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Lactose overload


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#1 stardust81

Posted 21 March 2012 - 05:24 PM

I have been reading about lactose overload in newborns and am wondering if DS is suffering from this and was wondering if anyone could share their experiences with it?

DS seems to have a lot of tummy pain, and spends a lot of time groaning, straining and crying. He sleeps well at night for the first part of the evening until approx 1am when he feeds and then will then go back down for 20-30 mins and then will spend most of the rest of the night awake and groaning, drawing up legs etc. He is also like this at various times throughtout the day. He has frequent explosive bowel movements also. Although I am sure it may be just normal newborn behaviour I would love to hear from anyone who has had a baby who suffered from lactose overload and if there is anything I can do to help him as it isn't nice to see him in pain.

#2 Comrade Borgia

Posted 21 March 2012 - 06:00 PM

Hi, my son is 6 weeks and had his paed appointment last week...the paed said he is is suffering from lactose over load too...sounds exactly like what you described...the dr said to try to avoid the cluster feeding in the early evening...ie give him a proper bf when he is due, then if he is unsettled rather than settle him again with the boob go for a dummy or bottle of cooled boiled water...this seems to be working. The dr also said I could give him a bottle of lactose free formula in the evening if I wanted to...I am not doing this at this stage. Good luck!

#3 lucky 2

Posted 21 March 2012 - 06:57 PM

Sorry pp but your paed has given you some terrible advice for managing lactose overload which is a breast feeding related problem and not a medical problem.
Potentially damaging to successful bfing.
Have a look at the link below which is research based information on how to handle a lactose overload.
Things not usually advised would be to give water in a bottle instead of breast milk. Or to give a breast milk substitute (ie lactose free formula).
There is very rarely a health benefit in taking a baby off breast milk, true lactose intolerance would be one reason to completely remove breast milk from the diet but for lactose overload formula is not a better option, even if it is lactose free.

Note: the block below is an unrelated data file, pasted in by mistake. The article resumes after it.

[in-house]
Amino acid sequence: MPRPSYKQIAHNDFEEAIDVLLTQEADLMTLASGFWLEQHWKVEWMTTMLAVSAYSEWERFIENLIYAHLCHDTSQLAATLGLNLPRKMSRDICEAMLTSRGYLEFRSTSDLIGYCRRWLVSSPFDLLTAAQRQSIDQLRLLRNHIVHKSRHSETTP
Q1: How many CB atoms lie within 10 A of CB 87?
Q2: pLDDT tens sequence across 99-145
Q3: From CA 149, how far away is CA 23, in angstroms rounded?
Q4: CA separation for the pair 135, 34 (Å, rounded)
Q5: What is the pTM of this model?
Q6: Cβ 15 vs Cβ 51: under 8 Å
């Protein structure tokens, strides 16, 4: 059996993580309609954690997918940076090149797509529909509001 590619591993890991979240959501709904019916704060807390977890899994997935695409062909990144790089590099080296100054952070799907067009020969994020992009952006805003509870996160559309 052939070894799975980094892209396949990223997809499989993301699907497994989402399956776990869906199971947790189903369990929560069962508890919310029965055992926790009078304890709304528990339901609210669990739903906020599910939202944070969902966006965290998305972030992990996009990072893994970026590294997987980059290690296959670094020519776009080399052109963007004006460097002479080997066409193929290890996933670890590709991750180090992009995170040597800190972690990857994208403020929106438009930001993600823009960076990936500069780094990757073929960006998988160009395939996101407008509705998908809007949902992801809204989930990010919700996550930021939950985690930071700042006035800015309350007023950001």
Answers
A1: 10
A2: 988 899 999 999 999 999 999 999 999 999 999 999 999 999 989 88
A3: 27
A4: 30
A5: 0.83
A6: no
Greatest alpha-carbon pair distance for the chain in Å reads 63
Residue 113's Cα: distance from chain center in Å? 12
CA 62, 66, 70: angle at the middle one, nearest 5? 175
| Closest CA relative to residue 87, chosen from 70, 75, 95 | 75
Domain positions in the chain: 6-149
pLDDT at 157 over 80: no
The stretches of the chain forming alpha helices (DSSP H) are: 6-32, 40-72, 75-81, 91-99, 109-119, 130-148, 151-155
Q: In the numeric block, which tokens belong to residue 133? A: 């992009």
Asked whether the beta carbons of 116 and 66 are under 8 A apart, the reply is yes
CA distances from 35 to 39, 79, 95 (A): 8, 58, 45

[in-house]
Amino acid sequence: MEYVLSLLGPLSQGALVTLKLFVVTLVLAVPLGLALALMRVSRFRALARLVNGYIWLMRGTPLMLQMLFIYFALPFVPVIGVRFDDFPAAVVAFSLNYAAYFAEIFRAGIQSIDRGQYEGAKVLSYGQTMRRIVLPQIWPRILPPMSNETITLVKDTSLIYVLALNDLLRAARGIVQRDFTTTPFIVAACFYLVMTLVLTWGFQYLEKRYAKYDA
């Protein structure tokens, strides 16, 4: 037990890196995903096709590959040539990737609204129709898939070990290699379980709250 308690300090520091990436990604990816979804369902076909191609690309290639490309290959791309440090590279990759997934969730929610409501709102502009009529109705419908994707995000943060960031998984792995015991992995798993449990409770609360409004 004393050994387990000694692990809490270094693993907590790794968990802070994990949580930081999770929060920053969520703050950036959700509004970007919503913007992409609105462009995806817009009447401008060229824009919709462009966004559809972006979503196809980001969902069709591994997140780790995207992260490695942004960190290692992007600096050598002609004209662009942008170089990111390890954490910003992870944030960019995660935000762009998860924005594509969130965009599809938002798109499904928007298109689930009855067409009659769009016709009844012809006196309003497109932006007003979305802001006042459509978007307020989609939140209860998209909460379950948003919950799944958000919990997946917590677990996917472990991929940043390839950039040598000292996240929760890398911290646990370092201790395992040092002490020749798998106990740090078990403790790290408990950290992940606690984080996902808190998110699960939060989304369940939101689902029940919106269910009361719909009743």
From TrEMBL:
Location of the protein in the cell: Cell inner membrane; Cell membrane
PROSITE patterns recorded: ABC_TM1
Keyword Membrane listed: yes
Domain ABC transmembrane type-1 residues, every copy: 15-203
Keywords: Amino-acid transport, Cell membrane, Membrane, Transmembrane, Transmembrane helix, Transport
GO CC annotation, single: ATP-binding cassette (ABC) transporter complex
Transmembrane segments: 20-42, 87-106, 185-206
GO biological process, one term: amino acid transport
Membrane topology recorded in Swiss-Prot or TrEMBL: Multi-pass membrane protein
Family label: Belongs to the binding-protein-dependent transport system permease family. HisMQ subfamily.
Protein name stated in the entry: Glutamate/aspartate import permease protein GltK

If you want some help with this common breastfeeding related issue you could try the ABA or if you need more help then an LC would be the ideal health professional to see.
https://www.breastfeeding.asn.au/bf-info/lactose
Scroll down to lactose overload in babies.

OP, how old is your baby? You may have a bit of an oversupply if bub is young so tips in the link may help.
You could also ring the ABA for some individualised help.
With overnight unsettledness this is usual newborn behaviour for the first 2-3 weeks of life even without any lactose overload or oversupply.
All the best.
http://www.breastfeedinginc.ca/content.php?pagename=doc-CBB

#4 giggleandhoot

Posted 21 March 2012 - 07:06 PM

DD2 was thought lactose over load, which she was lactose intolerant after many tests.  Have you tried herbal stuff for wind?
DD2 was pooing 8-10 times an hour, every single day!  and bleeding bottom and poos were green. If it's that bad i'd def. see someone. I also had to sleep DD2 on her tummy pretty much from birth ( i know against the guide lines) but it was the only way she's get some sleep as it put pressure on her tummy and seemed to help her sleep.
See a lactation consultant or if you need a GP and see what they think.

#5 mummaorange

Posted 21 March 2012 - 07:11 PM

my DD had this so we used to feed from only 1 breast so feed. then when i would usually swap side i would take her off, burp/change her then feed again from that side.

#6 ubermum

Posted 21 March 2012 - 07:14 PM

I wouldn't take your baby off the breast and I wouldn't give water or a substitute milk. What is the explosive poo like? Yellow is fine, green is more likely to be lactose overload. Also, try to offer only one breast for an hour or two and then the other breast for an hour or two. This will mean that the breast gets completely drained and your baby will get a good mix of fore and hind milk decreasing the chance of overload.

What you describe sounds like normal newborn behaviour and wind. You could try some over the counter wind remedies for babies. Degas always worked well for us and I would just give a dose straight into my baby's mouth just before a breastfeed.

#7 Comrade Borgia

Posted 21 March 2012 - 07:48 PM

QUOTE (lucky 2 @ 21/03/2012, 07:57 PM) <{POST_SNAPBACK}>
Sorry pp but your paed has given you some terrible advice for managing lactose overload which is a breast feeding related problem and not a medical problem.
Potentially damaging to successful bfing.
Have a look at the link below which is research based information on how to handle a lactose overload.
Things not usually advised would be to give water in a bottle instead of breast milk. Or to give a breast milk substitute (ie lactose free formula).
There is very rarely a health benefit in taking a baby off breast milk, true lactose intolerance would be one reason to completely remove breast milk from the diet but for lactose overload formula is not a better option, even if it is lactose free.

If you want some help with this common breastfeeding related issue you could try the ABA or if you need more help then an LC would be the ideal health professional to see.
https://www.breastfeeding.asn.au/bf-info/lactose
Scroll down to lactose overload in babies.

OP, how old is your baby? You may have a bit of an oversupply if bub is young so tips in the link may help.
You could also ring the ABA for some individualised help.
With overnight unsettledness this is usual newborn behaviour for the first 2-3 weeks of life even without any lactose overload or oversupply.